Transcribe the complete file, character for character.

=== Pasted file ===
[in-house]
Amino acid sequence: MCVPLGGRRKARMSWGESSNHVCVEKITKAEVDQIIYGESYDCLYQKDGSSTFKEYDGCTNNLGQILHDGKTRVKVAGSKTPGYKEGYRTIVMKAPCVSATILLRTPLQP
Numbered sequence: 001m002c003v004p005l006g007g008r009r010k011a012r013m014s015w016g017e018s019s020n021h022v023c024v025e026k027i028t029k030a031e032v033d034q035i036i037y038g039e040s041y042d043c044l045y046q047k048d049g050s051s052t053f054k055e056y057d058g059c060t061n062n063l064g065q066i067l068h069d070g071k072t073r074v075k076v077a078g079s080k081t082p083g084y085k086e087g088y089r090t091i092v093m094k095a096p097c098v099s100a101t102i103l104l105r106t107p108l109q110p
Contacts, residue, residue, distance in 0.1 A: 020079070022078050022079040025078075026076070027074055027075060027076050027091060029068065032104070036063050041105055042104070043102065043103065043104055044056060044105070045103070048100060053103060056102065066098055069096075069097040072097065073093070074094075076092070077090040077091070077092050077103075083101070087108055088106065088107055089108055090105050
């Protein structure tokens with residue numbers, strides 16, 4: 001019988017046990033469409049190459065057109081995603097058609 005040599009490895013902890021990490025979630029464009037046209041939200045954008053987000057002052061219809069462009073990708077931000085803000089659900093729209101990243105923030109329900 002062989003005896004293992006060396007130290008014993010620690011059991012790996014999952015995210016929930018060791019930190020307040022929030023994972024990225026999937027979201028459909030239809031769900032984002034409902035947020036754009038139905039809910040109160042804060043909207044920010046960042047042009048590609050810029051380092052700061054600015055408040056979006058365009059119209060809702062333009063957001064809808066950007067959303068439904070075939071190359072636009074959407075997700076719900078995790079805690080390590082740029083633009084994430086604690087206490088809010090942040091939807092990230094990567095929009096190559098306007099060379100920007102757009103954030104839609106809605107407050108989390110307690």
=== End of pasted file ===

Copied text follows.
[in-house]
Amino acid sequence: MCVPLGGRRKARMSWGESSNHVCVEKITKAEVDQIIYGESYDCLYQKDGSSTFKEYDGCTNNLGQILHDGKTRVKVAGSKTPGYKEGYRTIVMKAPCVSATILLRTPLQP
Numbered sequence: 001m002c003v004p005l006g007g008r009r010k011a012r013m014s015w016g017e018s019s020n021h022v023c024v025e026k027i028t029k030a031e032v033d034q035i036i037y038g039e040s041y042d043c044l045y046q047k048d049g050s051s052t053f054k055e056y057d058g059c060t061n062n063l064g065q066i067l068h069d070g071k072t073r074v075k076v077a078g079s080k081t082p083g084y085k086e087g088y089r090t091i092v093m094k095a096p097c098v099s100a101t102i103l104l105r106t107p108l109q110p
Contacts, residue, residue, distance in 0.1 A: 020079070022078050022079040025078075026076070027074055027075060027076050027091060029068065032104070036063050041105055042104070043102065043103065043104055044056060044105070045103070048100060053103060056102065066098055069096075069097040072097065073093070074094075076092070077090040077091070077092050077103075083101070087108055088106065088107055089108055090105050
């Protein structure tokens with residue numbers, strides 16, 4: 001019988017046990033469409049190459065057109081995603097058609 005040599009490895013902890021990490025979630029464009037046209041939200045954008053987000057002052061219809069462009073990708077931000085803000089659900093729209101990243105923030109329900 002062989003005896004293992006060396007130290008014993010620690011059991012790996014999952015995210016929930018060791019930190020307040022929030023994972024990225026999937027979201028459909030239809031769900032984002034409902035947020036754009038139905039809910040109160042804060043909207044920010046960042047042009048590609050810029051380092052700061054600015055408040056979006058365009059119209060809702062333009063957001064809808066950007067959303068439904070075939071190359072636009074959407075997700076719900078995790079805690080390590082740029083633009084994430086604690087206490088809010090942040091939807092990230094990567095929009096190559098306007099060379100920007102757009103954030104839609106809605107407050108989390110307690």